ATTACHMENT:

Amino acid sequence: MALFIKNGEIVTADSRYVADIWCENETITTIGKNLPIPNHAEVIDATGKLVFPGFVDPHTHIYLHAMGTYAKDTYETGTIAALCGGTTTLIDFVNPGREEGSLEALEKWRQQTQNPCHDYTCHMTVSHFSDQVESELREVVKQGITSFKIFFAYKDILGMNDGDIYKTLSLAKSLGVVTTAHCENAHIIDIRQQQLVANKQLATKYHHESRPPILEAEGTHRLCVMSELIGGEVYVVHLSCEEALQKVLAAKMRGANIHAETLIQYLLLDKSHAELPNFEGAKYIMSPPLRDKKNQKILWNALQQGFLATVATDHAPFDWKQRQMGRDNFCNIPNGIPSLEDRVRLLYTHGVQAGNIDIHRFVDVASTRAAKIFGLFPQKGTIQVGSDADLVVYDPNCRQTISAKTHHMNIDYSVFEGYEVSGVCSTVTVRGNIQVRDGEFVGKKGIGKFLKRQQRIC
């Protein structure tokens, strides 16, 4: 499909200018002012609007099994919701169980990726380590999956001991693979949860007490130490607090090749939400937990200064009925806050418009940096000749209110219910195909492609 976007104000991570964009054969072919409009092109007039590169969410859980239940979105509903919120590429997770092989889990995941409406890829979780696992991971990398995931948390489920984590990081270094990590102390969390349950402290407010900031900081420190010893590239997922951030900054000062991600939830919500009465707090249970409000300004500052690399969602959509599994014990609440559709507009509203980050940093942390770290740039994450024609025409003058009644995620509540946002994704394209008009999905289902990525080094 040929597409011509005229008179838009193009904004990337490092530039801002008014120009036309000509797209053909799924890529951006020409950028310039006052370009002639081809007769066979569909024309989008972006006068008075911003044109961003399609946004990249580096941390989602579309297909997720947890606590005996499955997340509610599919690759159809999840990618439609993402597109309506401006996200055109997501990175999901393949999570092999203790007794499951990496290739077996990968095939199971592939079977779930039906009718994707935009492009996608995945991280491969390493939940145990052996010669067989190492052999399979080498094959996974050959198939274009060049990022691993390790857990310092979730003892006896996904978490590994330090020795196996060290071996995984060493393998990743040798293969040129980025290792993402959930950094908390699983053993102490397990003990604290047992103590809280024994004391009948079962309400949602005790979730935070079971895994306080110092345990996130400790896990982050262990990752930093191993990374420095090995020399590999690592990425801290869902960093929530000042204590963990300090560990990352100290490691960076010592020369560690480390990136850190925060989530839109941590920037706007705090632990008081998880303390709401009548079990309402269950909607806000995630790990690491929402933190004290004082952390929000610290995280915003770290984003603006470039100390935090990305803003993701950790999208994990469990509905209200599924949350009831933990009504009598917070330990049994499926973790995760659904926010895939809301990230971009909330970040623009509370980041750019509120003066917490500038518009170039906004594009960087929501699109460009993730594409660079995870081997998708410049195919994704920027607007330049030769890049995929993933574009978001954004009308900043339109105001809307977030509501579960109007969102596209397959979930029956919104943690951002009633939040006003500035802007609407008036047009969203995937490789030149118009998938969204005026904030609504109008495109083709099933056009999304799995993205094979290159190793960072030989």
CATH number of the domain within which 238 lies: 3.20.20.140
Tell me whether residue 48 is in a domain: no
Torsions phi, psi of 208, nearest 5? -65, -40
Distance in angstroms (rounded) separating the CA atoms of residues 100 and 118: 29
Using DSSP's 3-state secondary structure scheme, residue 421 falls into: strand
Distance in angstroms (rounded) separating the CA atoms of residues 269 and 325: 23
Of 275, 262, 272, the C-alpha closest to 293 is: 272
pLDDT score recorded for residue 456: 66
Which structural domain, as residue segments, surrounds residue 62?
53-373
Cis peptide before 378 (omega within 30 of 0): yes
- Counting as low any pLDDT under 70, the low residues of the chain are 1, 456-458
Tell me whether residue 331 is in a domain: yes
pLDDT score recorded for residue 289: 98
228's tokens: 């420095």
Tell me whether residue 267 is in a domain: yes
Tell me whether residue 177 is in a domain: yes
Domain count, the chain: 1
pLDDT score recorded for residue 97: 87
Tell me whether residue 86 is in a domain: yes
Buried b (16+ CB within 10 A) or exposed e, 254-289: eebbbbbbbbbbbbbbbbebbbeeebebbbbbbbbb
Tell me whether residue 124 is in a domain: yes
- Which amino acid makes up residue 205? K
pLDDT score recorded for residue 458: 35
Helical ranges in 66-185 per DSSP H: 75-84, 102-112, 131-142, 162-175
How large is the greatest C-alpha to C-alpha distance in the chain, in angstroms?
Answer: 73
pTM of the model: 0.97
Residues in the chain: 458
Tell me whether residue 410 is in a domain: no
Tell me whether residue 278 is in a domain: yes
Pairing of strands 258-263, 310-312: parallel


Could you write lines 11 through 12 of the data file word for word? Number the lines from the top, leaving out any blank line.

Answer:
Which structural domain, as residue segments, surrounds residue 62?
53-373